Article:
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Incitement against Russian-Israelis resurges in election campaign

As the elections approach, ultra-Orthodox leaders are accusing Israelis who immigrated from Russia and Ukraine of coming to the country to weaken their political force.

Two months ahead of Israel’s third round of elections in less than a year, all means appear to be justified by the end of gaining as many votes as possible on March 2, including the spreading of falsehoods, wild incitement against entire population groups and dissemination of absurd conspiracy theories. This week Israel’s Chief Sephardic Rabbi Yitzhak Yosef, the son of the founder of the ultra-Orthodox Shas Party, spread serious allegations regarding the Jewish identity of Israelis who immigrated from the former Soviet Union and Israel’s motives in bringing them into the country.

The comments by Yosef, a senior public official on the government’s payroll, were made at a recent conference of rabbis in Jerusalem and they were reported Jan. 7 by Ynet. The chief rabbi stated, “Tens or hundreds of thousands of non-Jews came here under the ‘who is a Jew’ law,” the chief rabbi stated, referring to an amendment to the law of return that allows the immigration of grandchildren of Jews. “Some are communists, hostile to religion, haters of religion. They're not even Jewish, they're gentiles. … They were brought here to provide a counterweight to the ultra-Orthodox so that if elections are held, there will not be many votes for the ultra-Orthodox. That was why they were brought here. Total non-Jews. Unfortunately, we see the fruit of the incitement they conduct.”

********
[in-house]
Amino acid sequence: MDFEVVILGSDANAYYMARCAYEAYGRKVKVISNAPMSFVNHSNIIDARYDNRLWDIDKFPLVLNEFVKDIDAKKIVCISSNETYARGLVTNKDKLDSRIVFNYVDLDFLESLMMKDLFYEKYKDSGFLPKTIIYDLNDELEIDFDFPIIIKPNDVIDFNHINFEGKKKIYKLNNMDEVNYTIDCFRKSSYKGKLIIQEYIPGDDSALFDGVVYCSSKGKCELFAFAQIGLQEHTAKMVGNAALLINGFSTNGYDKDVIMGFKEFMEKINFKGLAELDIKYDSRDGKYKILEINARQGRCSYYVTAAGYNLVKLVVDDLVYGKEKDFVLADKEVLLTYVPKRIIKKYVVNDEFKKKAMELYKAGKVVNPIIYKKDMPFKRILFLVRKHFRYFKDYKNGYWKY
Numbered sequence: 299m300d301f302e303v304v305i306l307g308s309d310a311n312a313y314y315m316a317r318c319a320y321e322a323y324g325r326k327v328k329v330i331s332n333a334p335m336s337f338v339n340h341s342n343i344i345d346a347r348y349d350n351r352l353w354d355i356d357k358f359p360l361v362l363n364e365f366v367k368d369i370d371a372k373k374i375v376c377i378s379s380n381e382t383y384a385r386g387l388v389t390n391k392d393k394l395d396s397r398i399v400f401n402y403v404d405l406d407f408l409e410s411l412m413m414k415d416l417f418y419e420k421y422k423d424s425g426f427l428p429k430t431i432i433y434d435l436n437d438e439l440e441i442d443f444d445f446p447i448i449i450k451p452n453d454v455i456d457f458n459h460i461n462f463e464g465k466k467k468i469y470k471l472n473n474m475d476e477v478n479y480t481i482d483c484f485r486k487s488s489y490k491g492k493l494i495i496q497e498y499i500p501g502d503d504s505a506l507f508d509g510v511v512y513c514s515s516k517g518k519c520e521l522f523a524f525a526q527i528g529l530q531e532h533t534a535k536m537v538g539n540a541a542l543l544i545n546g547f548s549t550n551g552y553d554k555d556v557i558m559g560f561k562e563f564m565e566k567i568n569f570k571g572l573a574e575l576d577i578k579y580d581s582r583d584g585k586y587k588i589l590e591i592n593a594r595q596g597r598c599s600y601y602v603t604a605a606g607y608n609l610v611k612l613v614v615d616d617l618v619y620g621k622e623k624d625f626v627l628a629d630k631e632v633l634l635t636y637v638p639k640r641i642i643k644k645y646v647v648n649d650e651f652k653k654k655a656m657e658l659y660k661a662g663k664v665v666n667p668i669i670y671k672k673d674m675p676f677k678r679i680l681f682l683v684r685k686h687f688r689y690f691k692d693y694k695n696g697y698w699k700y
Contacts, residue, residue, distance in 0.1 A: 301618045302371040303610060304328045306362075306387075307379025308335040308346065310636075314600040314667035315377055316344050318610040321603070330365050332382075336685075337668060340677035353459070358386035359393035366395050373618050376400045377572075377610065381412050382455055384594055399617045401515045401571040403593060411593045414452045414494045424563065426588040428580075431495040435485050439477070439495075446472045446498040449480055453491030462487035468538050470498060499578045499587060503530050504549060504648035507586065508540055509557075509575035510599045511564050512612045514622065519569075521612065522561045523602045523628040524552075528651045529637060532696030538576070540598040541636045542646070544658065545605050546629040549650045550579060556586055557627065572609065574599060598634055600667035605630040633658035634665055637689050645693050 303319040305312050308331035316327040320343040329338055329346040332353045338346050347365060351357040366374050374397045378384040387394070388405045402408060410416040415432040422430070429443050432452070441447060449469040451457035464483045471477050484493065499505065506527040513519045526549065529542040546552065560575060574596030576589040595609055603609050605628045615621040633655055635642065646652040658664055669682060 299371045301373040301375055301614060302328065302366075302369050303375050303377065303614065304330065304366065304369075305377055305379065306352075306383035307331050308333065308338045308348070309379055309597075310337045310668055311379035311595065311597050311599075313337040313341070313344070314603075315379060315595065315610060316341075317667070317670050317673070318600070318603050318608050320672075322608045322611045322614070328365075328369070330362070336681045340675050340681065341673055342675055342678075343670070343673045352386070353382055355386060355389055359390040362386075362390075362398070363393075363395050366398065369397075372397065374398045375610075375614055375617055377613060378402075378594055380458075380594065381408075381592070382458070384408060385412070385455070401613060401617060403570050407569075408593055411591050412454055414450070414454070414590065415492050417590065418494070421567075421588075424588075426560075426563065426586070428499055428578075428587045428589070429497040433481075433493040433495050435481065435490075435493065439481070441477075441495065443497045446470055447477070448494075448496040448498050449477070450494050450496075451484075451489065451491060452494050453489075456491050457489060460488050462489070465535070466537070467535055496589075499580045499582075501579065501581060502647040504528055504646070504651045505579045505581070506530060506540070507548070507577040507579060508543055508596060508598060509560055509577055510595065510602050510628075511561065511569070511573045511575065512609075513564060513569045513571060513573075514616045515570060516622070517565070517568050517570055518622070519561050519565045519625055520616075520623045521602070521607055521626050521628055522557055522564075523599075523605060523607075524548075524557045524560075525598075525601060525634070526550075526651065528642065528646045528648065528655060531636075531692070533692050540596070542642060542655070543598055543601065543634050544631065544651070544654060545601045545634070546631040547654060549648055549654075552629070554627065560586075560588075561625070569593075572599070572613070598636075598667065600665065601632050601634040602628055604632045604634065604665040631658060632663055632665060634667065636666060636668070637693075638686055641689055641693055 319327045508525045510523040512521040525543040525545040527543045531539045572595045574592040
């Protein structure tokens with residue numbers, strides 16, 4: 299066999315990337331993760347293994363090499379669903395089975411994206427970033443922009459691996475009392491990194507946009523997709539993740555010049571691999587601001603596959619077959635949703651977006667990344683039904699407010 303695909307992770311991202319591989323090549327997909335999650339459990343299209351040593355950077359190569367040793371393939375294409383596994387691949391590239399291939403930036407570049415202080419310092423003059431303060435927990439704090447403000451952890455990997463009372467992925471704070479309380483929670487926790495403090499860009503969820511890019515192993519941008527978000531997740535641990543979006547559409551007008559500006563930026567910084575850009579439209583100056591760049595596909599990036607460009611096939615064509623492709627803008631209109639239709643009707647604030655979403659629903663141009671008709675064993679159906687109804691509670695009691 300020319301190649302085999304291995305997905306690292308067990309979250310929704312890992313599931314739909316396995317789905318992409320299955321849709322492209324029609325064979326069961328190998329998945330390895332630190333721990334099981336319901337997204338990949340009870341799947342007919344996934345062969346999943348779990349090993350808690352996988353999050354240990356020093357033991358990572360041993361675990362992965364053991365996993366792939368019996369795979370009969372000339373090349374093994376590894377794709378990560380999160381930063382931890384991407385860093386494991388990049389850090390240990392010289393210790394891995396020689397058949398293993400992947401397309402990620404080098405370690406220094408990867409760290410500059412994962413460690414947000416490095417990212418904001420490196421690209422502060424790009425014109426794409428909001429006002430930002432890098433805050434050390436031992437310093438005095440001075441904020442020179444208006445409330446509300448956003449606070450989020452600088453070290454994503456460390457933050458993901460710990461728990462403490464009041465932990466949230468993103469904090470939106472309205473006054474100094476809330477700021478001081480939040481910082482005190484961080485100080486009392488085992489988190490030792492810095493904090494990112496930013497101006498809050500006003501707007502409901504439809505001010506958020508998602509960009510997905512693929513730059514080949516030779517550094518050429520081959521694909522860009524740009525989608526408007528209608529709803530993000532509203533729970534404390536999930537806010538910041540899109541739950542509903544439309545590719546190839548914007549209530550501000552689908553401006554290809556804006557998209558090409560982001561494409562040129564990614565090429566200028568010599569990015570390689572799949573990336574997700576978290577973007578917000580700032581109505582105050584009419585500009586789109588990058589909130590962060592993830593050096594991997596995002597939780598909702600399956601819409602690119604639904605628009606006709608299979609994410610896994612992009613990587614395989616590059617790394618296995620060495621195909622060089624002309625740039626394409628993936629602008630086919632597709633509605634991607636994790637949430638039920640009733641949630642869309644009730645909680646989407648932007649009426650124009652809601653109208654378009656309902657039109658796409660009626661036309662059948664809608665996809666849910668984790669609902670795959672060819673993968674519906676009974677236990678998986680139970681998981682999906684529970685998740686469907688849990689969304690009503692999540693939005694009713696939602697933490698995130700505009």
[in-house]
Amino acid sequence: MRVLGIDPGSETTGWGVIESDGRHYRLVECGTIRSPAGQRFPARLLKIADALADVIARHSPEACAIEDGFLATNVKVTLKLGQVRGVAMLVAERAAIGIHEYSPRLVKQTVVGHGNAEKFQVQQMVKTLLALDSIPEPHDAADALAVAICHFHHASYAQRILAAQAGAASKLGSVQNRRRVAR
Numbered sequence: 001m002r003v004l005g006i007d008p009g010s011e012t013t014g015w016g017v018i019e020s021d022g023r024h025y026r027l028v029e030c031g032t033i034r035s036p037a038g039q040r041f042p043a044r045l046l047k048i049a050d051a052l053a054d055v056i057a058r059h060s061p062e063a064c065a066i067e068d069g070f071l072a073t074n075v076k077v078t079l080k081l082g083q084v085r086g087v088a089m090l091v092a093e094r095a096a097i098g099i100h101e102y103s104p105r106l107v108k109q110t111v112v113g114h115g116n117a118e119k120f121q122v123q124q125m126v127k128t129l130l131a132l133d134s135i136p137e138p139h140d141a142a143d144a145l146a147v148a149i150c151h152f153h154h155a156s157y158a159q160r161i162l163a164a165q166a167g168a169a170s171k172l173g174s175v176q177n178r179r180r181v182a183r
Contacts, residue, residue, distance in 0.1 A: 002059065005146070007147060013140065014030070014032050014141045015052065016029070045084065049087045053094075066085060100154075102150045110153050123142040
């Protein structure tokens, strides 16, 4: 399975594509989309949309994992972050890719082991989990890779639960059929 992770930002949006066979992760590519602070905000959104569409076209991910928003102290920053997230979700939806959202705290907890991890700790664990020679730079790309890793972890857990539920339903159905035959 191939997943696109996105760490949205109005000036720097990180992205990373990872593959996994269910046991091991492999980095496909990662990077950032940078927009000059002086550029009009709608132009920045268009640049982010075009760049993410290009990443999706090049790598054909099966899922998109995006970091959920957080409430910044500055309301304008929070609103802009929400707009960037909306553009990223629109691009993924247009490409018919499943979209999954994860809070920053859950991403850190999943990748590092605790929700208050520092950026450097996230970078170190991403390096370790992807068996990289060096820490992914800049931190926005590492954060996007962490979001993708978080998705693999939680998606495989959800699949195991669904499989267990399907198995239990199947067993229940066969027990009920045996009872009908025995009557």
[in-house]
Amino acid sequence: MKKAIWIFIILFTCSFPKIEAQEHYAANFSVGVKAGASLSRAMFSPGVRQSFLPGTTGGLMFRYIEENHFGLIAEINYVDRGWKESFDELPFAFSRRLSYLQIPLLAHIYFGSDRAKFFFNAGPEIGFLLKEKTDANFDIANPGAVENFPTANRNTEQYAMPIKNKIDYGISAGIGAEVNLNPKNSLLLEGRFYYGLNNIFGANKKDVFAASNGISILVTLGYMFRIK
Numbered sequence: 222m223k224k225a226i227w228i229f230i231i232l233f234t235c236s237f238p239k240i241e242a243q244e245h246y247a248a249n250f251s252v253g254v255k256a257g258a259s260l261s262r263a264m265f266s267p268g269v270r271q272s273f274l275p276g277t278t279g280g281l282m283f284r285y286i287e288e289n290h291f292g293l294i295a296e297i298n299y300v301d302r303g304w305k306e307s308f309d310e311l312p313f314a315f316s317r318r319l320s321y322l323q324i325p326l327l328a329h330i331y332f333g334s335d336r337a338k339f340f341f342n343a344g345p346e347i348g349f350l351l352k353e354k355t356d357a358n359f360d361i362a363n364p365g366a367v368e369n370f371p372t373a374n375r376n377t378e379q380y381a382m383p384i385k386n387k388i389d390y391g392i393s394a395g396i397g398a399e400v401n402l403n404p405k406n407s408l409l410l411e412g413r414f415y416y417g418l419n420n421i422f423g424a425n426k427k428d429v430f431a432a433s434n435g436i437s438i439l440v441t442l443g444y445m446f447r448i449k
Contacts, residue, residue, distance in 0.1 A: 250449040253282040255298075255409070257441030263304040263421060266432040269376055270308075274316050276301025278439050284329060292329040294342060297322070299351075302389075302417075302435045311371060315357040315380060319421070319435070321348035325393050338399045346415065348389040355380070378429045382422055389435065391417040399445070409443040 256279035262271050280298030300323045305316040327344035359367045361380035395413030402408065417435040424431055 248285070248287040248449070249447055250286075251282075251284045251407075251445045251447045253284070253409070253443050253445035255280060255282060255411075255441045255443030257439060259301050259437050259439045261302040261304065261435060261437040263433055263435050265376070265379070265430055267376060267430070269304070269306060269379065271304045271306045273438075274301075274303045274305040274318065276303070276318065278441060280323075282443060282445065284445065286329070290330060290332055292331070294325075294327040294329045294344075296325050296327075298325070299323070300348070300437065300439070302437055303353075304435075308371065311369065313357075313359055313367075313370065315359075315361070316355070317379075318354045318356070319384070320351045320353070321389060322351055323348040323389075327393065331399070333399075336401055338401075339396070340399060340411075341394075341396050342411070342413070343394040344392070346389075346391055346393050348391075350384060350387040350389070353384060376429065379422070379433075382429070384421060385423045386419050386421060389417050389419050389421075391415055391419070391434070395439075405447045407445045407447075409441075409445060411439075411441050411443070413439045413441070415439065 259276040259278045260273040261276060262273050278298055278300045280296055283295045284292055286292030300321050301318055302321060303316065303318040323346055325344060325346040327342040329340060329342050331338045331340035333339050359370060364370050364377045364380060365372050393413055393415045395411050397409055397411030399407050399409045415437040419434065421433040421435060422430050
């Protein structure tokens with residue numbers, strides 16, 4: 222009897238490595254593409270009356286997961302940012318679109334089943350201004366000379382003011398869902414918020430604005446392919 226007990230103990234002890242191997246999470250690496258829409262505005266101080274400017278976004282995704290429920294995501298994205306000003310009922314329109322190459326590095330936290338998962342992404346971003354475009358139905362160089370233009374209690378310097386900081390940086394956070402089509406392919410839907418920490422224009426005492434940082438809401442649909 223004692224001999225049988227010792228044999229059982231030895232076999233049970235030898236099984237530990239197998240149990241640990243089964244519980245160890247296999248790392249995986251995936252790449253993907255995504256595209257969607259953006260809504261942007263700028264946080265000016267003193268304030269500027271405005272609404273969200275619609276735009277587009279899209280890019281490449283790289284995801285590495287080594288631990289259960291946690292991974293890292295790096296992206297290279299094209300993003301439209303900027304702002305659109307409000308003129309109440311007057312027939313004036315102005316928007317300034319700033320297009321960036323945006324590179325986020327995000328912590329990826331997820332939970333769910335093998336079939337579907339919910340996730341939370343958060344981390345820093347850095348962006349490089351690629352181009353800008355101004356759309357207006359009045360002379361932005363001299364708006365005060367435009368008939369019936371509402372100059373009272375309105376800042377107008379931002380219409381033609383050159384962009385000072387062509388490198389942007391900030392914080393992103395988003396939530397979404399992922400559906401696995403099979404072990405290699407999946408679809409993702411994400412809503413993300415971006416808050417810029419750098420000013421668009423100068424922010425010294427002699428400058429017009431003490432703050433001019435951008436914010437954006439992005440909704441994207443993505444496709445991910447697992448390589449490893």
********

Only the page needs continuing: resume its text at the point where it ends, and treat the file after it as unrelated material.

It was not the first time that ultra-Orthodox politicians and rabbis have sought to make political capital on the backs of the more than one million immigrants from the former Soviet states. During the 2013 election campaign, Shas posted a satirical video of a Jewish wedding between an Israeli-born groom and Russian-speaking bride that suggested immigrants were undergoing fictitious conversions to Judaism. The video caused a storm at the time, but six years on, ahead of the April 2019 elections, Shas leader Aryeh Deri was back with the familiar refrain, declaring at a rally in Ashdod that immigrants from the former Soviet Union are DNA tested to prove their Jewishness. He later clarified that his ministry does not conduct such tests.